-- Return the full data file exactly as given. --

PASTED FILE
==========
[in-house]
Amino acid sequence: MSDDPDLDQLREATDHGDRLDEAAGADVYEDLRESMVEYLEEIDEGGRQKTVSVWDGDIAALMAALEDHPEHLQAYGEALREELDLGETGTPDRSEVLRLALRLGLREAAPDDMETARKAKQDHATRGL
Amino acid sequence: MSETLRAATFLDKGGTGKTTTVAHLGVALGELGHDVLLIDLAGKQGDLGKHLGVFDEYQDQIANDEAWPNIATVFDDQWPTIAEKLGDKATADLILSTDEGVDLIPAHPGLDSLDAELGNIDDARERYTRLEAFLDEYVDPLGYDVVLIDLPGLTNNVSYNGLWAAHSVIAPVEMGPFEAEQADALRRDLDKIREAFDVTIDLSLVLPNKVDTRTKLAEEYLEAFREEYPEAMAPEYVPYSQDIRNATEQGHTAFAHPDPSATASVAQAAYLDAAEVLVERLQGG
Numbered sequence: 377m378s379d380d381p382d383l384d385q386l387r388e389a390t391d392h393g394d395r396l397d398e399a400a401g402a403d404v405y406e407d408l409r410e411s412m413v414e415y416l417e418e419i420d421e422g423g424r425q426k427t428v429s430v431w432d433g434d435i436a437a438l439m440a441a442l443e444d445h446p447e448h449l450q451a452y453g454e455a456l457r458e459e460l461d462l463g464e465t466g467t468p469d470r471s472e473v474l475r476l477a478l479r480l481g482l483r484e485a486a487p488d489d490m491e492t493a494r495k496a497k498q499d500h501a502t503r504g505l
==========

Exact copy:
[in-house]
Amino acid sequence: MSDDPDLDQLREATDHGDRLDEAAGADVYEDLRESMVEYLEEIDEGGRQKTVSVWDGDIAALMAALEDHPEHLQAYGEALREELDLGETGTPDRSEVLRLALRLGLREAAPDDMETARKAKQDHATRGL
Amino acid sequence: MSETLRAATFLDKGGTGKTTTVAHLGVALGELGHDVLLIDLAGKQGDLGKHLGVFDEYQDQIANDEAWPNIATVFDDQWPTIAEKLGDKATADLILSTDEGVDLIPAHPGLDSLDAELGNIDDARERYTRLEAFLDEYVDPLGYDVVLIDLPGLTNNVSYNGLWAAHSVIAPVEMGPFEAEQADALRRDLDKIREAFDVTIDLSLVLPNKVDTRTKLAEEYLEAFREEYPEAMAPEYVPYSQDIRNATEQGHTAFAHPDPSATASVAQAAYLDAAEVLVERLQGG
Numbered sequence: 377m378s379d380d381p382d383l384d385q386l387r388e389a390t391d392h393g394d395r396l397d398e399a400a401g402a403d404v405y406e407d408l409r410e411s412m413v414e415y416l417e418e419i420d421e422g423g424r425q426k427t428v429s430v431w432d433g434d435i436a437a438l439m440a441a442l443e444d445h446p447e448h449l450q451a452y453g454e455a456l457r458e459e460l461d462l463g464e465t466g467t468p469d470r471s472e473v474l475r476l477a478l479r480l481g482l483r484e485a486a487p488d489d490m491e492t493a494r495k496a497k498q499d500h501a502t503r504g505l